Sleeping Pad R-Values and Air Temperature in Degrees
What’s the correlation between air temperature and sleeping pad R-values? When do you need a pad with a higher R-value? This table is based on Exped’s recommendations in Fahrenheit and Celsius degrees.
|Air Temperature (F):||50||30||25||10||0||-15||-25||-40|
|Air Temperature (C):||10||-1||-4||-12||-18||-26||-32||-40|
- R-values are additive, so you can combine two pads to increase your warmth level.
- Women need higher R-values pads because they have lower body mass than men. An additional R-value of 1 is usually a good hedge for women and other cold sleepers
The Therm-a-Rest XTherm Sleeping Pad is still a reliable, durable, lightweight, and high-R-value sleeping pad even though the WingLock Valve and Pump Sack included with the new model isn’t a huge improvement over the previous model’s. If you decided not to use the new pump sack, you can still blow up the XTherm by mouth and benefit from the reduced deflation effort provided by the WingLock valve.
What I find puzzling is why Therm-a-Rest went to all the trouble of developing a new valve when they could have used a pre-existing, 1-way, flush valve like those used by Sea-to-Summit or Exped without having to reinvent the wheel. I understand the desire to have a uniqueness factor in your products, but the honeycombed reflective insulation found in the NeoAir pads is still without parallel in terms of weight-to-performance and a key competitive differentiator. I would have prioritized other innovations rather than a new valve, which I suspect was motivated by internal reasons rather than satisfying consumer-driven needs.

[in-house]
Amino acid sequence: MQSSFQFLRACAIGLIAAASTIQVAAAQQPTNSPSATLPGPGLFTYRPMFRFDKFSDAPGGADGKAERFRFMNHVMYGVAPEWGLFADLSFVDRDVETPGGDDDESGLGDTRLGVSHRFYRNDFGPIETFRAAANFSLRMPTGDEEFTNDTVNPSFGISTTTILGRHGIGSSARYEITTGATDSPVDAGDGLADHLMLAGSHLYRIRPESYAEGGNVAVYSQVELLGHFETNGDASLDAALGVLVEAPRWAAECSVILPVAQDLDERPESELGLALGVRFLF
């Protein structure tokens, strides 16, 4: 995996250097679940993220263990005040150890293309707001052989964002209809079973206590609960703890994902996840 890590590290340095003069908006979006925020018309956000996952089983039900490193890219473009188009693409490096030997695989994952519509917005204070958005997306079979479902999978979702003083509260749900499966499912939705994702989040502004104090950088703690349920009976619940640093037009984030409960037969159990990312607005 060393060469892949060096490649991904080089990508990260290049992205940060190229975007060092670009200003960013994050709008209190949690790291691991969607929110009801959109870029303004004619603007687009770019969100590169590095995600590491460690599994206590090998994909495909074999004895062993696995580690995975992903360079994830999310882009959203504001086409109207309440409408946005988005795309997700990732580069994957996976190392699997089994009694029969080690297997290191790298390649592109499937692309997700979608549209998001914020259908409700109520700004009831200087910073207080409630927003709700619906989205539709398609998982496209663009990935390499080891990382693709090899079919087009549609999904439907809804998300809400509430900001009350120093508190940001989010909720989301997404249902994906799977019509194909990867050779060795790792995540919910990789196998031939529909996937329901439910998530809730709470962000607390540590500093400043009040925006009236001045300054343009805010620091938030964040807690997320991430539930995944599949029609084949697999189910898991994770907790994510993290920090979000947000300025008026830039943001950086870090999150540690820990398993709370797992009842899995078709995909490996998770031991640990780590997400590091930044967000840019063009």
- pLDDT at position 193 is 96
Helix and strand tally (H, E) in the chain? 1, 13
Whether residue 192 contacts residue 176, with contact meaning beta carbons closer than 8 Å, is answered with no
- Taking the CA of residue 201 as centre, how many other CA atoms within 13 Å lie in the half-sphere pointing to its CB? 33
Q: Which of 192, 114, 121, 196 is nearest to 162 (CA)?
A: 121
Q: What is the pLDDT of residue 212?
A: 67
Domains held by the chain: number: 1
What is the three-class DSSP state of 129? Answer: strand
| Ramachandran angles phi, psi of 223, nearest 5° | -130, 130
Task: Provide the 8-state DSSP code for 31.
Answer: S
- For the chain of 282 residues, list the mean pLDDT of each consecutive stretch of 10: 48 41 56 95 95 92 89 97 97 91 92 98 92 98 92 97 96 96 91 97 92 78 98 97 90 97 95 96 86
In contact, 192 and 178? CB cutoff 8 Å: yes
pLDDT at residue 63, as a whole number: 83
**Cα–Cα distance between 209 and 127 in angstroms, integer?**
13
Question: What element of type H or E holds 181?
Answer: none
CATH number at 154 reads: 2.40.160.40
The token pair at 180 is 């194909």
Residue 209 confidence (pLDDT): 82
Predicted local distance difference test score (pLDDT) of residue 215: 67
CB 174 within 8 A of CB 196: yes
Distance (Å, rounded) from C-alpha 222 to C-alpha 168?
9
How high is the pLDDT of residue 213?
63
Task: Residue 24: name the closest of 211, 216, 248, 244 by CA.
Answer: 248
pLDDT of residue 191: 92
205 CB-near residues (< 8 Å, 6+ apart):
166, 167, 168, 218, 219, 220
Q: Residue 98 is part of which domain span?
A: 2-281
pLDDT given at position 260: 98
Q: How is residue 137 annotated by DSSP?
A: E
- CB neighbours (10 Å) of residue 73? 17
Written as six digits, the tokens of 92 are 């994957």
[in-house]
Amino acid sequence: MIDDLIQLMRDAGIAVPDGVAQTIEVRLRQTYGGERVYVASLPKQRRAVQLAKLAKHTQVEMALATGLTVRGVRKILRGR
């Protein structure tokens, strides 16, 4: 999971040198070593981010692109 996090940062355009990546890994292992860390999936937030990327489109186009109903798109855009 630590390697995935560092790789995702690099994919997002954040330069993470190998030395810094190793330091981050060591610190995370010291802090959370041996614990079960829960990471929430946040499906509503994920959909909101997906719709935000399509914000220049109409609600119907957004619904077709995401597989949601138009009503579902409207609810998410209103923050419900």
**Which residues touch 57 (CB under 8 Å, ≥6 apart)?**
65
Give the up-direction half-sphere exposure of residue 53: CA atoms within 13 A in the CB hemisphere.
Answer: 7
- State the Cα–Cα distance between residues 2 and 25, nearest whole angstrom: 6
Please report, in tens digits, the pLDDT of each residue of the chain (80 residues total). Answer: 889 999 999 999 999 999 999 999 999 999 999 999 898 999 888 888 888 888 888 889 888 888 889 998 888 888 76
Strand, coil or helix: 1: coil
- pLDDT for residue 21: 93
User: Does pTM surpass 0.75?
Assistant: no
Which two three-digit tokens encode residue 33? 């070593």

Regardless, I still recommend using the NeoAir XTherm for winter camping and backpacking. It’s still the lightest weight, easy-to-pack, and highest R-value air mattress available for winter camping and backpacking.
Disclosure: Therm-a-Rest provided the author with an XTherm pad for this review.SectionHiker is reader-supported. We independently research, test, and rate the best products. We only make money if you purchase a product through our affiliate links. Help us continue to test and write unsponsored and independent gear reviews, beginner FAQs, and free hiking guides.